First off, I need to get the Operator Issues out of the way. (the Operator would be me, of course...) There were a lot of them. I referred a lot to my set of posts about the Jalie Jeans - this is one of the wonderful benefits of blogging! Having your own experiences documented in words and pictures that you understand is priceless. :) I just didn't heed my instructions quite well enough at the beginning, which was one of my downfalls :(
Mistake #1: I tested thread and needle on the fabric, but one quick seam over 6 layers of fabric to determine what needle and topstitching thread would work did NOT mean that same needle and thread was going to be optimum for most of the stitching that needed to be done. In fact, there are precious few spots where I'm actually going over 6 layers of fabric. :::rolleyes:::.
Mistake #2: I made a quick muslin using the denim I had made the Jalies from, and it took me way too long to realize that the new denim I was using behaved WAY differently - thinner fabric, more stretch, not nearly as stable. So I was using topstitching thread that was too thick, a needle that was too large, and using a relatively unstable fabric, not treating it as carefully as I should have. All of this resulted in atrocious (really!) topstitching (wavy, too small a stitch length...not attractive. Not at all attractive.)
I did, however, carry on anyway and finish the jeans, and. I'm happy that I did. In the end, I do have comfortable jeans that fit fairly well right after a good hot wash & dry, but sadly, they stretch fairly quickly into a bit of a baggy mess. Comfy, but baggy. :( And I won't be showing off any of that topstitching with any sense of pride.....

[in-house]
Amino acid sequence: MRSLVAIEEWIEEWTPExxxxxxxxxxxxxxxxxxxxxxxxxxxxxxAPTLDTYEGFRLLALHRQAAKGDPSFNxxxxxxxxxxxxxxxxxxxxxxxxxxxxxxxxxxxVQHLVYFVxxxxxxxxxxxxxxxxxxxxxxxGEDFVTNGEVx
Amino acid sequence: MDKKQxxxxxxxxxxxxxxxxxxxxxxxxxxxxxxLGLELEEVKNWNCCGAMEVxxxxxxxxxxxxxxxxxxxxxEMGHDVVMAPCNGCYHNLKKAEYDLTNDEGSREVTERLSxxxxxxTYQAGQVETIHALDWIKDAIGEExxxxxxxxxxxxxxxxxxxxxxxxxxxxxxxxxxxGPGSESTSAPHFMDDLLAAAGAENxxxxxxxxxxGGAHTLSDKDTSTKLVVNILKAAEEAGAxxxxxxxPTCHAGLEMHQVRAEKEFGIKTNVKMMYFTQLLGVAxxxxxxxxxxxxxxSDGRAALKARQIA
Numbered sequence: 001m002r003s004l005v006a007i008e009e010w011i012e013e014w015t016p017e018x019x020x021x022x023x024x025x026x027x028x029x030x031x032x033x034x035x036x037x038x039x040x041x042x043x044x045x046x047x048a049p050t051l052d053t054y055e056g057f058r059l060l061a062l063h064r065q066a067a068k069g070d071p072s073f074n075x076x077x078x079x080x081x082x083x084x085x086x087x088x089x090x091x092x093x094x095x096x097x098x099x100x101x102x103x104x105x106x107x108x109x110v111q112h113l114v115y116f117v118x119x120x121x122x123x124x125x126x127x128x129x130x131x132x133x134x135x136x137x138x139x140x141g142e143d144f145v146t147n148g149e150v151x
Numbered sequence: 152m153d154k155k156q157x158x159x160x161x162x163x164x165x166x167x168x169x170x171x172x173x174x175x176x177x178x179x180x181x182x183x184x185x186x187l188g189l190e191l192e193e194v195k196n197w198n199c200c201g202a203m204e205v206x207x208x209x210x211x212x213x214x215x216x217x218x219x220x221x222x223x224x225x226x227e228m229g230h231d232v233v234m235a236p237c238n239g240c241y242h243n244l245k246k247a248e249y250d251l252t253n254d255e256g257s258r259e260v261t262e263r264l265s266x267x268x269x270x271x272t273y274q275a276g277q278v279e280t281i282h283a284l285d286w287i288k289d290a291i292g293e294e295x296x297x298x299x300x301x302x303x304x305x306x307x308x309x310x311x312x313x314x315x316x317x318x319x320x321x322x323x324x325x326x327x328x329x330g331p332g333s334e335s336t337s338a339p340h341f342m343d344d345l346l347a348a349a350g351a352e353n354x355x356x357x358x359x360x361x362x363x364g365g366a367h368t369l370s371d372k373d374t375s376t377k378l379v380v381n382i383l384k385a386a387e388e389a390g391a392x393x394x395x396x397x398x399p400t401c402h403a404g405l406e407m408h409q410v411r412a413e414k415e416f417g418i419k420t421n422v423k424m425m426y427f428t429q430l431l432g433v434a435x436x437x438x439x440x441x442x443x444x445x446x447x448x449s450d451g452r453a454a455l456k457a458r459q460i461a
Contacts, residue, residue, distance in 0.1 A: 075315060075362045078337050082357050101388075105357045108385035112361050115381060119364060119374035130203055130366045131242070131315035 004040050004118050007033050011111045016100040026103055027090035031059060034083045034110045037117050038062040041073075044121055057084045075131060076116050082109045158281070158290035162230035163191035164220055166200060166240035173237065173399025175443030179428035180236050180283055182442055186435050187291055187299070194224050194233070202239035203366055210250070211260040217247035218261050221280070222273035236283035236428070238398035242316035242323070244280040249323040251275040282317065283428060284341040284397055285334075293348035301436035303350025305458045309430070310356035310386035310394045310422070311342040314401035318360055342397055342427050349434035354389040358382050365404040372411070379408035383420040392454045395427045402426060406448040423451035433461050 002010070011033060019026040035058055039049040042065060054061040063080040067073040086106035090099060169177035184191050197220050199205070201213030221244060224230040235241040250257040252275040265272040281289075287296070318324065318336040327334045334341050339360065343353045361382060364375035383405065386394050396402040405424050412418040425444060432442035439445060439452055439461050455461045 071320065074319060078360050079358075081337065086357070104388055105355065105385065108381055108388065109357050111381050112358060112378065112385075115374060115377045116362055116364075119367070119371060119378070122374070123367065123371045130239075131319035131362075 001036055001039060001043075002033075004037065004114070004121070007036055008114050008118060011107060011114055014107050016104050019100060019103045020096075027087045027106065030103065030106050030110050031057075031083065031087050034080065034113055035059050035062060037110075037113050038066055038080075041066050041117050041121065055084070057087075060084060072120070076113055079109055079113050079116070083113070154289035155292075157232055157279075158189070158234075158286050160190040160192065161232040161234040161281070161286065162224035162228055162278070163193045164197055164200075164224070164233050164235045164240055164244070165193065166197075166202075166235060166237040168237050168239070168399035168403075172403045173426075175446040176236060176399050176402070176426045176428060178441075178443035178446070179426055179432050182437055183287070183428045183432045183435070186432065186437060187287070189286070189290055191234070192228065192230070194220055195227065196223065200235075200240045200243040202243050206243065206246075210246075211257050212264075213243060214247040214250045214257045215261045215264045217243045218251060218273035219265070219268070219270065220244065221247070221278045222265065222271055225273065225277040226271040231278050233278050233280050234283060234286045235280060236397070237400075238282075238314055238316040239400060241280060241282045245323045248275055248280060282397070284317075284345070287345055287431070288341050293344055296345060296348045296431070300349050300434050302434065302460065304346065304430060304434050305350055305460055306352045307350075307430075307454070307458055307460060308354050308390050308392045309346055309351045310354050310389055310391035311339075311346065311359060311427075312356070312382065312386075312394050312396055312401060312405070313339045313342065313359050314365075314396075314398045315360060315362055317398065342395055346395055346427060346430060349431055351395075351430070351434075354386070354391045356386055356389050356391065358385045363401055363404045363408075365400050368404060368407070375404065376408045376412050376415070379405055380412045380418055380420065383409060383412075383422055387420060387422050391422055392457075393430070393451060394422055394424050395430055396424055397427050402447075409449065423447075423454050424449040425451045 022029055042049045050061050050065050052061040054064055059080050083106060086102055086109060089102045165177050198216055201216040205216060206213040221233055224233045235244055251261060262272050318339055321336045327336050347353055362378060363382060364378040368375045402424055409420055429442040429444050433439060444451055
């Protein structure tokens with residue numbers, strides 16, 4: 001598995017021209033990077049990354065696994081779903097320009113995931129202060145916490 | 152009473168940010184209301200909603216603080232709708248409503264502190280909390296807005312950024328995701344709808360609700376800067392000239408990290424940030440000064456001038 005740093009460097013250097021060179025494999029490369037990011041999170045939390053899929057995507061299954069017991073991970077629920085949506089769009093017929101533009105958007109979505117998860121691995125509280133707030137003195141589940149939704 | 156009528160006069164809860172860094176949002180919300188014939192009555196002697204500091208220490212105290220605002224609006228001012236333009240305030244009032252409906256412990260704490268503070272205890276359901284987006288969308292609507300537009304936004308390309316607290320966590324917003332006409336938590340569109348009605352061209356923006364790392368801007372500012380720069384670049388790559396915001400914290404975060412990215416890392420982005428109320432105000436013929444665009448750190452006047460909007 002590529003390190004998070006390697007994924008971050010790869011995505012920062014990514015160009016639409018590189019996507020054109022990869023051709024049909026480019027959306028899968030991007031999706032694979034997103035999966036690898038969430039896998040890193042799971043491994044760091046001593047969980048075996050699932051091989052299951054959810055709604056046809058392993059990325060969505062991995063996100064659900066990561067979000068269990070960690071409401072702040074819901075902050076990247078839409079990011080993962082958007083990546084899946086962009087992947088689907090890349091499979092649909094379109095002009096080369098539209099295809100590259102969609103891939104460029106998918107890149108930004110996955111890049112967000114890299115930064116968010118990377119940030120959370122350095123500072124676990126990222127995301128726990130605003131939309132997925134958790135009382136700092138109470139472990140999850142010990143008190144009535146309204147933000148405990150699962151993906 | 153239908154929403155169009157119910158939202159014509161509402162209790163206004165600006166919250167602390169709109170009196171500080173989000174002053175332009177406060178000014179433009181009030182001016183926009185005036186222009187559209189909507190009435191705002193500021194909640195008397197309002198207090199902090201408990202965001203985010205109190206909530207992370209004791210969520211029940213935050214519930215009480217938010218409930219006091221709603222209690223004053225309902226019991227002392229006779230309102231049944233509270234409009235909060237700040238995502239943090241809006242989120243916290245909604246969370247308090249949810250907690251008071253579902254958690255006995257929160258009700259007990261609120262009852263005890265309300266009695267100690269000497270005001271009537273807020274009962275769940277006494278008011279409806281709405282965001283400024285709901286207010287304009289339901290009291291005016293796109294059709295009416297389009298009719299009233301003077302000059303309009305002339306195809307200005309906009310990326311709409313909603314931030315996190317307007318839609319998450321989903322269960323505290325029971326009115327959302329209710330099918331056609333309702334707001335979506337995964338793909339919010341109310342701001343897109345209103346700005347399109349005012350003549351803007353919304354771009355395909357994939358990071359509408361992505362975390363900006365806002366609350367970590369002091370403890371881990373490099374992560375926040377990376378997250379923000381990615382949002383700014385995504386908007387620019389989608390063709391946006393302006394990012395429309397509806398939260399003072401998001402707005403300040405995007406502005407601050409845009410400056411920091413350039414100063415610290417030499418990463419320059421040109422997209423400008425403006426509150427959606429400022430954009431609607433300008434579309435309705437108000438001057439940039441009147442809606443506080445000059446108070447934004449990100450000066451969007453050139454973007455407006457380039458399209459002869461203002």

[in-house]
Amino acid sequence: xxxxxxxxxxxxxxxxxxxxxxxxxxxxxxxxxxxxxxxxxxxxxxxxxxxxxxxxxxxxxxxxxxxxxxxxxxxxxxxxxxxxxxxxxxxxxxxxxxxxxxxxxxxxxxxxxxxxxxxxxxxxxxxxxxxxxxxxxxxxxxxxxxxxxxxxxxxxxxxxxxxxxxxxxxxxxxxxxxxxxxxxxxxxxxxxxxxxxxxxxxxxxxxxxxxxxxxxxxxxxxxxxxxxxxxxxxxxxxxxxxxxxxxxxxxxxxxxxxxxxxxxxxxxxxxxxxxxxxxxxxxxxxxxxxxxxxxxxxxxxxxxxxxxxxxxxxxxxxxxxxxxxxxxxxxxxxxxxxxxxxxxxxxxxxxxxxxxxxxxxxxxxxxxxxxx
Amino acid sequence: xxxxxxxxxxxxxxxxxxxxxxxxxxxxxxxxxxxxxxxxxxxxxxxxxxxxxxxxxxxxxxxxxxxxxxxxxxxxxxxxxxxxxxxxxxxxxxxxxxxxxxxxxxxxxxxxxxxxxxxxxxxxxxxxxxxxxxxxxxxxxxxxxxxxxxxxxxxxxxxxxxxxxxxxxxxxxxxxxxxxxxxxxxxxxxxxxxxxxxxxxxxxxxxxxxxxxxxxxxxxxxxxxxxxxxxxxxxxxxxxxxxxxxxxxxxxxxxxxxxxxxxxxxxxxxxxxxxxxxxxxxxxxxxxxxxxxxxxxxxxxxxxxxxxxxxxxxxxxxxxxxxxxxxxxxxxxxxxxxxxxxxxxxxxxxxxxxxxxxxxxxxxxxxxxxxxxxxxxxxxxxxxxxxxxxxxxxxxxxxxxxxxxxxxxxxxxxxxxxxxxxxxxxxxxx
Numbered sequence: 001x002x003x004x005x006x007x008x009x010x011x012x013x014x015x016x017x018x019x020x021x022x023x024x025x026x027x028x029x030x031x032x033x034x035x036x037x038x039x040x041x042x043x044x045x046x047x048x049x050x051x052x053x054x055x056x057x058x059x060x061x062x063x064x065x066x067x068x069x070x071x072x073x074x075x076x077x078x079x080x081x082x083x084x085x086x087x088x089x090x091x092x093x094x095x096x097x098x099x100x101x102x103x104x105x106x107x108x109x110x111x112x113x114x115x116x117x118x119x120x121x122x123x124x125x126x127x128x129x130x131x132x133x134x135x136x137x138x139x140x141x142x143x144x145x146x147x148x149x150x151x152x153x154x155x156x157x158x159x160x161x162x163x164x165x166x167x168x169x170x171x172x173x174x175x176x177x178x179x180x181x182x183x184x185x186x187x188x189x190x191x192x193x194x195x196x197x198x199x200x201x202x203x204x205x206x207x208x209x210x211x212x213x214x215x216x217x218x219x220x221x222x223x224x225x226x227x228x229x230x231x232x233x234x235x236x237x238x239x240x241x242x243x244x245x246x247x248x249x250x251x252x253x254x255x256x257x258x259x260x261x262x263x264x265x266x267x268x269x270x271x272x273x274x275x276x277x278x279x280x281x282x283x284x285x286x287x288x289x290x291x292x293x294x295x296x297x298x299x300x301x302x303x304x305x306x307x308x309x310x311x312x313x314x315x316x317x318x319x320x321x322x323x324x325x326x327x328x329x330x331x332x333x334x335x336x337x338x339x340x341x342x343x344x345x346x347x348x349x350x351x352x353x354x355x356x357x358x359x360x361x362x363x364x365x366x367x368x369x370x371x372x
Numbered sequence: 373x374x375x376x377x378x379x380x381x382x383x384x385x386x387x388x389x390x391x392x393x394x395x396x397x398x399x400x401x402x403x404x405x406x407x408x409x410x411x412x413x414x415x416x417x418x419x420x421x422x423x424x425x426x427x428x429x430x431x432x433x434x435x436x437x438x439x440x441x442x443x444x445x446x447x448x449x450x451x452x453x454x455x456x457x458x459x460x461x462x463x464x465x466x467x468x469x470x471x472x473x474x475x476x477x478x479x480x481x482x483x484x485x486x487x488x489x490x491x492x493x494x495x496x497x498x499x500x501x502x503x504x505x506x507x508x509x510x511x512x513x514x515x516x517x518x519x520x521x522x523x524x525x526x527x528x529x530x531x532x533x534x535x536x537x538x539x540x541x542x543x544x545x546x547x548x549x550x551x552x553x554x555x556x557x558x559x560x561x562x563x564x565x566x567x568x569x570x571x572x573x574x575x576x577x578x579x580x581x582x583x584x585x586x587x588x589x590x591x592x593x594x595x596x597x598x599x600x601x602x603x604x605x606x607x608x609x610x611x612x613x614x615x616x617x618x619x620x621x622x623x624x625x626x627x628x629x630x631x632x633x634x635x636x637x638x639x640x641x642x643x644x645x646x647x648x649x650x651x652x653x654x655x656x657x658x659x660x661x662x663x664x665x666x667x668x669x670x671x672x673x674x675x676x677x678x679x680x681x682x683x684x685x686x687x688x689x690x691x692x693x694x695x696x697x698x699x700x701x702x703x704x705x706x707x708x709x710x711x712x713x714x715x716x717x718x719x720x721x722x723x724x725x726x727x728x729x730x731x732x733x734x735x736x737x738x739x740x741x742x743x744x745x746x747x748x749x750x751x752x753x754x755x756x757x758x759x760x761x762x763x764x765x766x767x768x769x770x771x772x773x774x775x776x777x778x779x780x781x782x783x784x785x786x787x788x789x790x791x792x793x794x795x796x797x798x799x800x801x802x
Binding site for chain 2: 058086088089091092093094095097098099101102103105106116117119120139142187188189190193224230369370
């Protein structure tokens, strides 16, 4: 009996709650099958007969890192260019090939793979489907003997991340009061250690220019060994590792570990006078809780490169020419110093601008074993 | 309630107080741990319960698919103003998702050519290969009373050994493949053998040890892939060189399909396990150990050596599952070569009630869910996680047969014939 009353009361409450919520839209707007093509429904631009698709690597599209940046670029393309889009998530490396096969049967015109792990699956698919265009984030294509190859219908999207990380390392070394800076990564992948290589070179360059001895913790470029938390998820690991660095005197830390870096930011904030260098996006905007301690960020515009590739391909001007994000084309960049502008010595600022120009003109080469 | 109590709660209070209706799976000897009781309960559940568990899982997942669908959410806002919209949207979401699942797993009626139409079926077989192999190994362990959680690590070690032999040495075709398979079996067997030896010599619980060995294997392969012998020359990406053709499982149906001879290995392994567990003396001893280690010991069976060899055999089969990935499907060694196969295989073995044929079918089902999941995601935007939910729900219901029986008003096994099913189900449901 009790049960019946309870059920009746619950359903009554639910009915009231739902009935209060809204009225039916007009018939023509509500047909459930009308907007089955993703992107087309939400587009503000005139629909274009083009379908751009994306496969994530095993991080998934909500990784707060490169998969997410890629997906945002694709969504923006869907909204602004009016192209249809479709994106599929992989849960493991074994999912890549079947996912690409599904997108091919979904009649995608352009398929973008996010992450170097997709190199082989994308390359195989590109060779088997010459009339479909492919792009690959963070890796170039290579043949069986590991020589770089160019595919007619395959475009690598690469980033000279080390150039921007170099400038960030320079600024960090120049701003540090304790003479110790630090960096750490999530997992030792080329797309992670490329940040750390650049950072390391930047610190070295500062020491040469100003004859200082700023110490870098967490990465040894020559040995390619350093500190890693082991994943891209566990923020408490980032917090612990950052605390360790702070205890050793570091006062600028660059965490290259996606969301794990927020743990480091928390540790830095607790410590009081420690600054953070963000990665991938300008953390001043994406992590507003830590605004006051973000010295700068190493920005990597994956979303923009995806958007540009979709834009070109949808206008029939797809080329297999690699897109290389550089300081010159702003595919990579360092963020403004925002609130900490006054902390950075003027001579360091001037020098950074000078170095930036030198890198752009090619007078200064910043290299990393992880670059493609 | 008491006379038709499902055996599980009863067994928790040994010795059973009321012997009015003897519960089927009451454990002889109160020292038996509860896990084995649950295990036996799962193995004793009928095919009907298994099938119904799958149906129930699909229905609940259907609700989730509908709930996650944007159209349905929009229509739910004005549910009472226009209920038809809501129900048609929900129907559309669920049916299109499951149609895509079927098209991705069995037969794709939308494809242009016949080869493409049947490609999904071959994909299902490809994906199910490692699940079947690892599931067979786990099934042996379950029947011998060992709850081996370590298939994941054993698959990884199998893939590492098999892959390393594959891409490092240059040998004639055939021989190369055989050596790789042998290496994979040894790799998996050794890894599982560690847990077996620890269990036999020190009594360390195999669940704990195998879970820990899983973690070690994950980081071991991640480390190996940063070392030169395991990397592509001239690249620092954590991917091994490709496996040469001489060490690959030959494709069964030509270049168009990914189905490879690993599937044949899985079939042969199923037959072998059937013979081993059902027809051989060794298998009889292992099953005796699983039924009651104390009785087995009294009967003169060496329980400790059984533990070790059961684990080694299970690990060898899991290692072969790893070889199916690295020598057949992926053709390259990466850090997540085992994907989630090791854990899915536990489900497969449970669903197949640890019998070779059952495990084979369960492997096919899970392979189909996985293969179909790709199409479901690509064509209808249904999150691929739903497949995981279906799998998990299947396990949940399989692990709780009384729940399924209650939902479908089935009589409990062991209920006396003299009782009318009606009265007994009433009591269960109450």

- When researching and practicing topstitching, seam stitching, needles and thread, try ALL of the different thicknesses and grain directions you'll be using to determine what's needed for what.
- Remember that not all denims are created equal. Practice. Test. It's worth taking that extra bit of time until you know what you're working with!
- Bright gold topstitching on very dark (almost black) denim may not be the best choice.
- You don't HAVE to start now and use the threads you have on hand....sometimes shopping and waiting for the right ingredients is worth the wait.
General Notes on the Jilly instructions: Not for beginners, and probably not a good idea for someone who has never made jeans before. Unless you want to follow instructions from a completely different source. Style Arc pattern instructions are designed for people who do not need to be told construction details, and although you can email and ask questions, and you will get fabulous response and help, I would strongly advise you to not try this pattern as your first attempt at jeans!
Style Arc notches: If you see a notch, mark it! You'll probably need it. Notches do not necessarily match up with other notches; in many cases a notch marks the spot that will match a seam - this is great because you don't need to make any marks that might disappear by the time you need it!
I'm not going to write a lot of construction details here, since I did that in my Jalie posts, and the front pocket details, posted here. For the most part, after I read through the Jilly instructions, I just set them aside and followed the details in my Jalie Jeans posts.
Jalie vs. Jilly
One of the first notable differences is the leg width - Jilly is much wider in the rear leg, with a narrower front leg. My Jalie pattern is cut in between their high and low rise - the Jilly jean is closer to my preferred rise as is (although I did cut about 1/2" off the front piece, angled from the side seam to 1/2" at CF). Both jeans have a very similar circumference at the bottom hem; Jalie angles in at the knee, then back out again, Jilly is straighter all the way.
In the next pic you can see the differences better at the top. Note that I chose to use Jalie's cut-on fly extension - Jilly has a sewn on fly. Jilly has a lot more room in the butt area; I actually ended up angling this in, removing nearly 1" at the top. BOTH patterns required gaposis darts in the back yoke and waist seam.
Jilly has an option for a curved waistband or a straight one - a VERY nice touch! I drafted a curved band for the Jalie, and added darts (at the pattern level) in the Jilly curved band - this ended up creating a waistband with a pretty deep curve in the back.